the Italian sculptor Alessandro Algardi was born in Bologna. For one brought up in a city without a local stone an inclination towards modeling seems natural and was to prove as fundamental to his art as was the support of Bolognese patrons to his career.
Algardi studied with the painter Lodovico Carracci as well as with the sculptor Giulio Cesare Conventi, with whom he collaborated on the stucco statues of the four patron saints of Bologna in the Oratory of S. Maria della Vita. At the age of 19 he went to Mantua, where he worked for the Duke and became familiar with antique works of art placed in his care as well as with the paintings of Giulio Romano (c. 1499 - 1546).
In 1625, after a brief visit to Venice, he arrived in Rome where artistic life was dominated by Bernini. For many years Algardi earned his living by restoring antiques and making small models which were cast either in bronze or in precious metals. His first major commission was for the tomb of Pope Leo XI in St Peter's (1634 - 44), followed by that for the marble St Philip Neri in the sacristry of the Vallicella (1635? - 46). Some of his rivals in Rome doubted his ability to work in marble. To silence them he carved Sleep (1635 - 6) in the harder medium of black marble (Museo e Galleria Borghese, Rome). Meanwhile, for the high altar of the Spada church of S. Paolo in Bologna, he produced the two-figure marble group of the Beheading of St Paul.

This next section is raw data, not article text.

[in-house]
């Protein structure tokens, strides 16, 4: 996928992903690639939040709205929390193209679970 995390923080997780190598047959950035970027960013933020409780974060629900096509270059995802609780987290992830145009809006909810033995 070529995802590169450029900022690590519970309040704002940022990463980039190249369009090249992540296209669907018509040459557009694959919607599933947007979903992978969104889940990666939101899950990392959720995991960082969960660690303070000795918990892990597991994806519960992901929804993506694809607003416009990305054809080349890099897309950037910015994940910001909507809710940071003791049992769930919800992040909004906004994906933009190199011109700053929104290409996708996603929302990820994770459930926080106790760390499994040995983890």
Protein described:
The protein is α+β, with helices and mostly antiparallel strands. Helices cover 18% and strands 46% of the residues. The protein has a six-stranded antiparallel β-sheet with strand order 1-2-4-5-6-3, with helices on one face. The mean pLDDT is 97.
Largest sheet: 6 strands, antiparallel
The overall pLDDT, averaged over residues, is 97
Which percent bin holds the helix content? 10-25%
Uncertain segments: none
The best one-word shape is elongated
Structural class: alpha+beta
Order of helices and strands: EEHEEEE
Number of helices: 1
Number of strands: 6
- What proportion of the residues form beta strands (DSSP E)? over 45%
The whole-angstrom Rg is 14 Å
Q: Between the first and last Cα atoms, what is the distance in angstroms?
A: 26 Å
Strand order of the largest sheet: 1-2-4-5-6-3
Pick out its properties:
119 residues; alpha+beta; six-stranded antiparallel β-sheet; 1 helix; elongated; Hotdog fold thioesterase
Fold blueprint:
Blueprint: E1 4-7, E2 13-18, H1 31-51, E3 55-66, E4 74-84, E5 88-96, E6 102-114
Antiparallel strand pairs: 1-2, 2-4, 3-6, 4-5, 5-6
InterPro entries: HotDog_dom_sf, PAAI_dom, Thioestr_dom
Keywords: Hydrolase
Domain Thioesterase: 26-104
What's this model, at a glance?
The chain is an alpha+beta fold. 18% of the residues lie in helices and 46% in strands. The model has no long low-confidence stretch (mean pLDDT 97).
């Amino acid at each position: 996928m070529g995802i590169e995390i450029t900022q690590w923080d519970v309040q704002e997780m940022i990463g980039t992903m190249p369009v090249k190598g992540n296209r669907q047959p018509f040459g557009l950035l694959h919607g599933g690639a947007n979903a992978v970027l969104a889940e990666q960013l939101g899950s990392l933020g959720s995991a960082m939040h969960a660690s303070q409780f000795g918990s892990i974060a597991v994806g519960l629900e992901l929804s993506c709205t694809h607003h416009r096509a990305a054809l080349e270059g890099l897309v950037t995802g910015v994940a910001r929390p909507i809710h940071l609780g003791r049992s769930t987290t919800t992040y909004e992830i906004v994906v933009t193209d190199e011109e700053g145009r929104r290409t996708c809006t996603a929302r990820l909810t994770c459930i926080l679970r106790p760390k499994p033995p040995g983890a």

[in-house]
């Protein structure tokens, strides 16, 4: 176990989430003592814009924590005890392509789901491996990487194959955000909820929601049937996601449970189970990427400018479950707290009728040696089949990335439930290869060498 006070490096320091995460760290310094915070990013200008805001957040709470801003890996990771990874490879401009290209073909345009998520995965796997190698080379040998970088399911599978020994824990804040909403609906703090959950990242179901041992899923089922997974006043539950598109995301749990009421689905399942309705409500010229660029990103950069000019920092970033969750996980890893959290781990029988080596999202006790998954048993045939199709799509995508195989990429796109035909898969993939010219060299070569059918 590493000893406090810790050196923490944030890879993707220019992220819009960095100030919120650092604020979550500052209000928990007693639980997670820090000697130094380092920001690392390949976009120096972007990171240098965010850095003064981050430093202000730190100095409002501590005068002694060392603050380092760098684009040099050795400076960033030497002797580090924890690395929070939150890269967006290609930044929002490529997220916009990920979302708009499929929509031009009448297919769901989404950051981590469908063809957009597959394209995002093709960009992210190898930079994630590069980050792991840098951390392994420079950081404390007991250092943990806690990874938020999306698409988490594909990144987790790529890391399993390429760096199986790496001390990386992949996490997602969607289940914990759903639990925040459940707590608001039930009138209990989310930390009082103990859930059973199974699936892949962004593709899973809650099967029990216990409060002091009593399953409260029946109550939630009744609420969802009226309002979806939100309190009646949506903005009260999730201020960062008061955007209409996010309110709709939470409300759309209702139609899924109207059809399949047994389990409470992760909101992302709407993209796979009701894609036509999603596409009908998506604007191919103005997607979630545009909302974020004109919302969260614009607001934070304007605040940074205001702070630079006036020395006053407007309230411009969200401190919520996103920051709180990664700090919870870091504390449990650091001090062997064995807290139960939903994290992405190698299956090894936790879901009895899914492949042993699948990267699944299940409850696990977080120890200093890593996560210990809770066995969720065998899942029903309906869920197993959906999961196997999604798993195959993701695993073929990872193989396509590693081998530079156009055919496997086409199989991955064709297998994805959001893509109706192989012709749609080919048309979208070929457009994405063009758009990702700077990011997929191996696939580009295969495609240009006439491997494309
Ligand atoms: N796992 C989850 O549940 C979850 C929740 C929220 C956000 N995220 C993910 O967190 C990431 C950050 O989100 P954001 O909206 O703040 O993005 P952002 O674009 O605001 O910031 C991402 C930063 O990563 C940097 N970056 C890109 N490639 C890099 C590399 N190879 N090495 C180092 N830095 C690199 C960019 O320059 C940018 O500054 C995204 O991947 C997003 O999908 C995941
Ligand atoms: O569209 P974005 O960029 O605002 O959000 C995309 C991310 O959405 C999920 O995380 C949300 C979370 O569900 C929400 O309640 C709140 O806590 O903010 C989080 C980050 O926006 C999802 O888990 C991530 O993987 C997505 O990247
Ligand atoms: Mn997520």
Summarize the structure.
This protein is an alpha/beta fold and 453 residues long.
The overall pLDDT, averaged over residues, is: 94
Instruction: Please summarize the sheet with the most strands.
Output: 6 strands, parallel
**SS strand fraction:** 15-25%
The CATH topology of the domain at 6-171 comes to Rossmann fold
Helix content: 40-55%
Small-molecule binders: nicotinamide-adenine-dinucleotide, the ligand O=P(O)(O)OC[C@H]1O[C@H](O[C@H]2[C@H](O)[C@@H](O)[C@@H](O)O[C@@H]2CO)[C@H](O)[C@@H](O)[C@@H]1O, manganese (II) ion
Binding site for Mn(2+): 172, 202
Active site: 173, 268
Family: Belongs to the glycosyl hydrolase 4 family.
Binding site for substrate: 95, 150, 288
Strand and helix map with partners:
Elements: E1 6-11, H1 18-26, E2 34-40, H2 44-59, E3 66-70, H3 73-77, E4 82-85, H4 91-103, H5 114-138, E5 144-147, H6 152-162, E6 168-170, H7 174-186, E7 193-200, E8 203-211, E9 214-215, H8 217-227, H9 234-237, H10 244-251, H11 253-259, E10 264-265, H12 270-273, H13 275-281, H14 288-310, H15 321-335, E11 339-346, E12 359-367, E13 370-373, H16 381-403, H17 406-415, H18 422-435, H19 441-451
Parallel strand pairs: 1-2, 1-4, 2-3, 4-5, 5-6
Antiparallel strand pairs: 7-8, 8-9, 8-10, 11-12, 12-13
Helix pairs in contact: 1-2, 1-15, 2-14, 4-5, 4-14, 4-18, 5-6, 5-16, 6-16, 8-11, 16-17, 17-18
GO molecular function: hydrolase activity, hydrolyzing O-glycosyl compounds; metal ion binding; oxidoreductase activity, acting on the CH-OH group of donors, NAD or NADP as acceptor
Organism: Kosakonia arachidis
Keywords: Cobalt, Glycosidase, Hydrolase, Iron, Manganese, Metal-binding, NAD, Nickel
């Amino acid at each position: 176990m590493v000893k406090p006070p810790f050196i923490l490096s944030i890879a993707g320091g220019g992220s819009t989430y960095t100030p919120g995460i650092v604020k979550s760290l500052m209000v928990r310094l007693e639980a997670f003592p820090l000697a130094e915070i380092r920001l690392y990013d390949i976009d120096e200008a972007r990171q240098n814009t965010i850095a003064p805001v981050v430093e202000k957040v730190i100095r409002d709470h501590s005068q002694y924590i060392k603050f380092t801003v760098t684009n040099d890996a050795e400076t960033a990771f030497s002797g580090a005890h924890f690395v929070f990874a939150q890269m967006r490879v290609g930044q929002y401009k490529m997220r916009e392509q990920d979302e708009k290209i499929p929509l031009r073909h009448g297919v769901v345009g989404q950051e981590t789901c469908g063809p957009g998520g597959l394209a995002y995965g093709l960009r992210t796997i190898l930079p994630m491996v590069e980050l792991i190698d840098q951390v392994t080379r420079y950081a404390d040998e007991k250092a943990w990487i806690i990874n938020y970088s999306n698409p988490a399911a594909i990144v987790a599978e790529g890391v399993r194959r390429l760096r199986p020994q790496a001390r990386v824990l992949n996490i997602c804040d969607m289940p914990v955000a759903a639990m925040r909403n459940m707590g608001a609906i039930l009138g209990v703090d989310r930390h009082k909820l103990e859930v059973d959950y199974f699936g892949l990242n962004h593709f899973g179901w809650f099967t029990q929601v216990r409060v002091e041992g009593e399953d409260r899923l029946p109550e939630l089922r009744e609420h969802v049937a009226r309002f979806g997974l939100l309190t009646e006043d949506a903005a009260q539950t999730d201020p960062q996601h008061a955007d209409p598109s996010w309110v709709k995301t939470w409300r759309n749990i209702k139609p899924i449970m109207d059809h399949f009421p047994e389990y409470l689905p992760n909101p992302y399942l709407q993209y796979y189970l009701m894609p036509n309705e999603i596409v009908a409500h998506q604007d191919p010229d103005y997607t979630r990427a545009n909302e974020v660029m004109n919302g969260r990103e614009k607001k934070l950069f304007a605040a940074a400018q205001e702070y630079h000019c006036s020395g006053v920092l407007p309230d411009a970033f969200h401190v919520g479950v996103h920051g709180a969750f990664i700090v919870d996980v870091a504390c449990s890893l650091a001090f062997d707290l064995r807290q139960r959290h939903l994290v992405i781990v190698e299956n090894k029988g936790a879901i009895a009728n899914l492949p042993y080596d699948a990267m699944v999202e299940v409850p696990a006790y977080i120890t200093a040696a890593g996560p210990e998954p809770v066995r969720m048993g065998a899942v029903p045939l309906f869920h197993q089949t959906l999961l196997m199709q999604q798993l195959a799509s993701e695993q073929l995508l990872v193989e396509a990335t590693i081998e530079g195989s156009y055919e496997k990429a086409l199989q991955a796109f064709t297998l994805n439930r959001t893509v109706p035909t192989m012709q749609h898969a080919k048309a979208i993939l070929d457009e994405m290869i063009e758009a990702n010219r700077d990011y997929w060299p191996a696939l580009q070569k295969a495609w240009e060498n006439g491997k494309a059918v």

With the election of Innocent X in 1644 and the disgrace of Bernini, Algardi had a chance to exercise his talents more extensively. He carved the high-relief altarpiece of Leo and Attila in St Peter's (1646 - 53), the altar group of St Nicholas of Tolentino (begun 1651; S. Nicola da Tolentino, Rome); and made the full-scale model for the unexecuted altar relief of the Miracle of St Agnes (Vallicella, Rome). He also designed the delicate stucco reliefs of the Villa Pamphili which were to prove so influential for the Neoclassicists of Robert Adam's generation.
Throughout his life, Algardi produced numerous portrait busts, many of them for tombs. They are marked by a feeling for solidity and a sensitivity to surface texture and detail, and are imbued with a straight-forward naturalism and life-like veracity.
As the principal rival to Bernini, Algardi is often regarded as a classicist, and indeed his major sculptures in white marble are comparatively detached and undramatic, avoiding the more spectacular effects of the Baroque. But he displays an inventive talent in his decorative ornamentation.
Further reading Pope-Hennessy, J. Italian High Renaissance and Baroque Sculpture, London (1963). Wittkower, R. Art and Architecture in Italy, 1600 - 1750, London (1958).
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